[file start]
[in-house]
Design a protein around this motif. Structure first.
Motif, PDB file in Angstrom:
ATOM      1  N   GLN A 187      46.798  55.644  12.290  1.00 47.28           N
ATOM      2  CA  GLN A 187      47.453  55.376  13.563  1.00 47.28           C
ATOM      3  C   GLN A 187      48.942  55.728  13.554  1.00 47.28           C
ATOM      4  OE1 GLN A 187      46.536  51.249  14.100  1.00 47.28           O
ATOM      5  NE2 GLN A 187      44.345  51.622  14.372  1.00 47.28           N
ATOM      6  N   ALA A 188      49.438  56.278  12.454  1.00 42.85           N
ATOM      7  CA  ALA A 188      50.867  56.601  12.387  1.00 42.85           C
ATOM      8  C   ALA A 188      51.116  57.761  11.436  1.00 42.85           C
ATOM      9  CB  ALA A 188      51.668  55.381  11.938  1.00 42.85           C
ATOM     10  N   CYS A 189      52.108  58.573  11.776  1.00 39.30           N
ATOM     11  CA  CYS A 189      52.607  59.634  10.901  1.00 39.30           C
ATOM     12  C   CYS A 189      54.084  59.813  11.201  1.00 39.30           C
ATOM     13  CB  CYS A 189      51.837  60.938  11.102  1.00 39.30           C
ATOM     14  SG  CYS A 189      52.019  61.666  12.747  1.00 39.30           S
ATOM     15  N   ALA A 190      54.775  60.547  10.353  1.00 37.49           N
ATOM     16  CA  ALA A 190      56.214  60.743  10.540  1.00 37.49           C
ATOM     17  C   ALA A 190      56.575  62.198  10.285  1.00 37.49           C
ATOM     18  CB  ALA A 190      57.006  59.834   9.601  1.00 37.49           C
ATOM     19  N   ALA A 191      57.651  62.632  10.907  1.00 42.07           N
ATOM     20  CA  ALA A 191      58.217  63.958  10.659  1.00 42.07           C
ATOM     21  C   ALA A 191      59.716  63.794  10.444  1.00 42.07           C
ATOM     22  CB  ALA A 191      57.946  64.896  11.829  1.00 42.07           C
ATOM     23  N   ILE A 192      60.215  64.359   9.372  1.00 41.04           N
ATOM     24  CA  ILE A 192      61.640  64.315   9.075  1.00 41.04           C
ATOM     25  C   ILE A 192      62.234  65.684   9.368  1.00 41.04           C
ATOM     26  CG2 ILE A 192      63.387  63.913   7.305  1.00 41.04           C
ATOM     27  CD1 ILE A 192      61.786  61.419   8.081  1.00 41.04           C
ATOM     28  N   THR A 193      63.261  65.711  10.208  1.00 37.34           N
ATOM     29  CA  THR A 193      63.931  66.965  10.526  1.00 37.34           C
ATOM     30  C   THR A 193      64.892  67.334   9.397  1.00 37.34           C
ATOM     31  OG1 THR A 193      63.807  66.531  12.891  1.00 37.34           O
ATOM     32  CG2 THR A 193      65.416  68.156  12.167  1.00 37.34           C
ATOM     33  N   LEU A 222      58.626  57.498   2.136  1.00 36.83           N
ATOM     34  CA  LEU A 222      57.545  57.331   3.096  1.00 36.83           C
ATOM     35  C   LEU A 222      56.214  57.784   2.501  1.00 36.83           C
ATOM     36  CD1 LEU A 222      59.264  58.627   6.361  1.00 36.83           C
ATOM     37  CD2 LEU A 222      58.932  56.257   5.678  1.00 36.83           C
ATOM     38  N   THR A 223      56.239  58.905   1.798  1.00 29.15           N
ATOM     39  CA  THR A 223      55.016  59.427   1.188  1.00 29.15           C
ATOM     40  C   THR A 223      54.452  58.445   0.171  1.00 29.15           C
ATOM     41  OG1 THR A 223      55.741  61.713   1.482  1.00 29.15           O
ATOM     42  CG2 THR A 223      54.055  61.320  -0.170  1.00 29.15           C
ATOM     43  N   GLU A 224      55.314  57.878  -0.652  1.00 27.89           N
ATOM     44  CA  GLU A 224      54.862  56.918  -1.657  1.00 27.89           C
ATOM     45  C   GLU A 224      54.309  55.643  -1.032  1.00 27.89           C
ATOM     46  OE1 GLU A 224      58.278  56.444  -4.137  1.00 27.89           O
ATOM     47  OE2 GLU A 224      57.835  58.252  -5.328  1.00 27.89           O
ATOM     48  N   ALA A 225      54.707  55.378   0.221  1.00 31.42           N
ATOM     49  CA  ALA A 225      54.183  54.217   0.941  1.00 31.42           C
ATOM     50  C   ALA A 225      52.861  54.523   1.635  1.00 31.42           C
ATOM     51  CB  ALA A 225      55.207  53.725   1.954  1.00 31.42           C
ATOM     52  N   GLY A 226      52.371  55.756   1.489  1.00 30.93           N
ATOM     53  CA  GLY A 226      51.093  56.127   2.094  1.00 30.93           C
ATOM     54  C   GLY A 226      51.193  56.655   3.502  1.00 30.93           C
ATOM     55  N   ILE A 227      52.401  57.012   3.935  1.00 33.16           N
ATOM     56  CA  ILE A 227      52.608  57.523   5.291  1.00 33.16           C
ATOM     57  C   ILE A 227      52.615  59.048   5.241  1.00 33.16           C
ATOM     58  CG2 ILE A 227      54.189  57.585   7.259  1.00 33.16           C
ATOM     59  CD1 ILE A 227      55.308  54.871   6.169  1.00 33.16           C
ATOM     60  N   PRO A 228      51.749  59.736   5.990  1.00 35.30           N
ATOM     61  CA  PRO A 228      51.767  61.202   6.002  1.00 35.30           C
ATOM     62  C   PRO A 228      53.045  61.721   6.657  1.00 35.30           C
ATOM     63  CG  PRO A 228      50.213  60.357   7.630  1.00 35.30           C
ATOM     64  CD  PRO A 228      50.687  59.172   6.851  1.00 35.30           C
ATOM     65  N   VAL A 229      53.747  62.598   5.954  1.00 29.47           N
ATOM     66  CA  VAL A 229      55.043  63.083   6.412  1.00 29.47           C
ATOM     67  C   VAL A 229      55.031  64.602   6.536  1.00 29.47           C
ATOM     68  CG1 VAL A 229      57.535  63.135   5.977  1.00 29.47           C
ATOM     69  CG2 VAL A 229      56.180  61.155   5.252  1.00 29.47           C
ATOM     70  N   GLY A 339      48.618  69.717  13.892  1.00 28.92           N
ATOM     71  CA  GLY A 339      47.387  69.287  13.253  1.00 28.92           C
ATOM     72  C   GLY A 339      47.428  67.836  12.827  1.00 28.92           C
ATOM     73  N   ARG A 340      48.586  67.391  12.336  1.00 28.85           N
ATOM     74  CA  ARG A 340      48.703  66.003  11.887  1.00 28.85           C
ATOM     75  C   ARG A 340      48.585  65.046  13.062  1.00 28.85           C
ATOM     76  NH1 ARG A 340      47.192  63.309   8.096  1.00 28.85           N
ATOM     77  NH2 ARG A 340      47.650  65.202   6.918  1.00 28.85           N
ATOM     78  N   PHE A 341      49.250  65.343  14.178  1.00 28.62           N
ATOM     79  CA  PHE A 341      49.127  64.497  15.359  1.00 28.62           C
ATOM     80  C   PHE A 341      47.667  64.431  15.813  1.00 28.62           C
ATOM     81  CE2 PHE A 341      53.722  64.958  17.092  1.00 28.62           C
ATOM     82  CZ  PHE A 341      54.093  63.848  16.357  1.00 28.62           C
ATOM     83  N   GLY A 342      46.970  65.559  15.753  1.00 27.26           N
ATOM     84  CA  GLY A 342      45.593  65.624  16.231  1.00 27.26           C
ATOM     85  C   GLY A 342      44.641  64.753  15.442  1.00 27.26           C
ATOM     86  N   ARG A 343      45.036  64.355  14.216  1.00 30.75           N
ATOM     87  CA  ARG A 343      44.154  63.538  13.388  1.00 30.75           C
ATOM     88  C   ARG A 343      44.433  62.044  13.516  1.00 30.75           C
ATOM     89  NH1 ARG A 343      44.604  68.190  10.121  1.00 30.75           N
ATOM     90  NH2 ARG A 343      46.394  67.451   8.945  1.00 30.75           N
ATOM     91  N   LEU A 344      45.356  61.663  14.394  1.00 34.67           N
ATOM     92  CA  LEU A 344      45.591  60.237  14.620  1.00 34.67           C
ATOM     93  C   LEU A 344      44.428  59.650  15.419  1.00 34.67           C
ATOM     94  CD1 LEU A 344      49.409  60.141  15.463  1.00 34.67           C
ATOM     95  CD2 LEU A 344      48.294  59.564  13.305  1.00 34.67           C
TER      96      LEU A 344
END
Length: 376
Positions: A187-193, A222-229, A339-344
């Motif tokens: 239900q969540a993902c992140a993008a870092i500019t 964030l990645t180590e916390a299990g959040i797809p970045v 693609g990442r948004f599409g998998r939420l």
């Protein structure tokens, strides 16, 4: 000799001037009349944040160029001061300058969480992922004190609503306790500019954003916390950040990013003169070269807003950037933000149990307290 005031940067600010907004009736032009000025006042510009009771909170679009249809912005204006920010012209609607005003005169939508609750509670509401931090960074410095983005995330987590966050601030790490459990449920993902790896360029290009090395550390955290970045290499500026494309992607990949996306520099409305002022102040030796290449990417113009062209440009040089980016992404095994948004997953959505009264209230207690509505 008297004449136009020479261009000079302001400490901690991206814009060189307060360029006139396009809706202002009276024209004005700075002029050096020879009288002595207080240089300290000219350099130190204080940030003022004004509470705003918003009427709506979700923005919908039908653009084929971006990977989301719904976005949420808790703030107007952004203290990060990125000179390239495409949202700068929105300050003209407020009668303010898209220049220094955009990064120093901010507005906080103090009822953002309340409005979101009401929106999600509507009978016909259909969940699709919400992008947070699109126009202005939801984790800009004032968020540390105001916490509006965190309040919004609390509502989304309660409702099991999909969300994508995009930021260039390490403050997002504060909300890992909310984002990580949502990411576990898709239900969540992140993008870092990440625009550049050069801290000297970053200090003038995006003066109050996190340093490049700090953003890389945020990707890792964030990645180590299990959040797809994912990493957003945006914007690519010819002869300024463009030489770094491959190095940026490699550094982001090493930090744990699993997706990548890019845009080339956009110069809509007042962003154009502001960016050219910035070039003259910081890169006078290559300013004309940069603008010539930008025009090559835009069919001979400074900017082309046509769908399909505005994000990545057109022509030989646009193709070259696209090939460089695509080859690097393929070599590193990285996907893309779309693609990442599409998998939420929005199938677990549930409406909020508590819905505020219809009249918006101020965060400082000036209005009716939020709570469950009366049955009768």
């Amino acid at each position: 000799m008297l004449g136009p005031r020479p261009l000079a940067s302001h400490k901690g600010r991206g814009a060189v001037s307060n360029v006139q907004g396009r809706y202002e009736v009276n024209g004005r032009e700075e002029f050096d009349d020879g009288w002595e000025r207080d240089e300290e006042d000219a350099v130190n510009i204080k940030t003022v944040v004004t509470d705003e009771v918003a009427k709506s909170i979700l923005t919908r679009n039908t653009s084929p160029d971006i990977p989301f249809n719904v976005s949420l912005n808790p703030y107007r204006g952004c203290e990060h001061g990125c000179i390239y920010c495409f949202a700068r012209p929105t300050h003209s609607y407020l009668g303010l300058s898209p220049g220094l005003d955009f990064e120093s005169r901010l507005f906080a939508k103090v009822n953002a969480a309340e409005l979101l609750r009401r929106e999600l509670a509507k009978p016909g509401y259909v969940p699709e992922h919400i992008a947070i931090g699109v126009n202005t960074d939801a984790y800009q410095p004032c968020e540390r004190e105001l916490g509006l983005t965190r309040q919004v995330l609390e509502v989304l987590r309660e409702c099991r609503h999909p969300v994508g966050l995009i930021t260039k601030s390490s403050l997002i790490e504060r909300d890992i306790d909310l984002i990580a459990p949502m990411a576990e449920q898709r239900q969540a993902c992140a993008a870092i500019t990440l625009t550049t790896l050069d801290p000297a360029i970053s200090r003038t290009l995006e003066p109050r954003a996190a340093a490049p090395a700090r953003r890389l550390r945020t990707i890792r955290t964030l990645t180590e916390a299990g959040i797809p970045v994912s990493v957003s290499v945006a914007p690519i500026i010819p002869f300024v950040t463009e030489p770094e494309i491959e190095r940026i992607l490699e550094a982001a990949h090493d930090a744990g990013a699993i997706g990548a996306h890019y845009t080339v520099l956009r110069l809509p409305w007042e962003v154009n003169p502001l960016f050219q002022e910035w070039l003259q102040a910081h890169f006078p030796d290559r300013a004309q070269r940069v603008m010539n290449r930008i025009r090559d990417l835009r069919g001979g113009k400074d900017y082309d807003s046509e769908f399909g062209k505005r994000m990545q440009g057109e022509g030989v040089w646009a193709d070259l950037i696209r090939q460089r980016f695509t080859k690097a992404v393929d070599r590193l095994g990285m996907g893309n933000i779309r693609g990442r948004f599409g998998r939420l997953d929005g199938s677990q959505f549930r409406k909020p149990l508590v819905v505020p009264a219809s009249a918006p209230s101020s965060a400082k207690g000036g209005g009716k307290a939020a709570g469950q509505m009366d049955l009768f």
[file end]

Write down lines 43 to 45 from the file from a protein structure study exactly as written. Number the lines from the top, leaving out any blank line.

ATOM     40  C   THR A 223      54.452  58.445   0.171  1.00 29.15           C
ATOM     41  OG1 THR A 223      55.741  61.713   1.482  1.00 29.15           O
ATOM     42  CG2 THR A 223      54.055  61.320  -0.170  1.00 29.15           C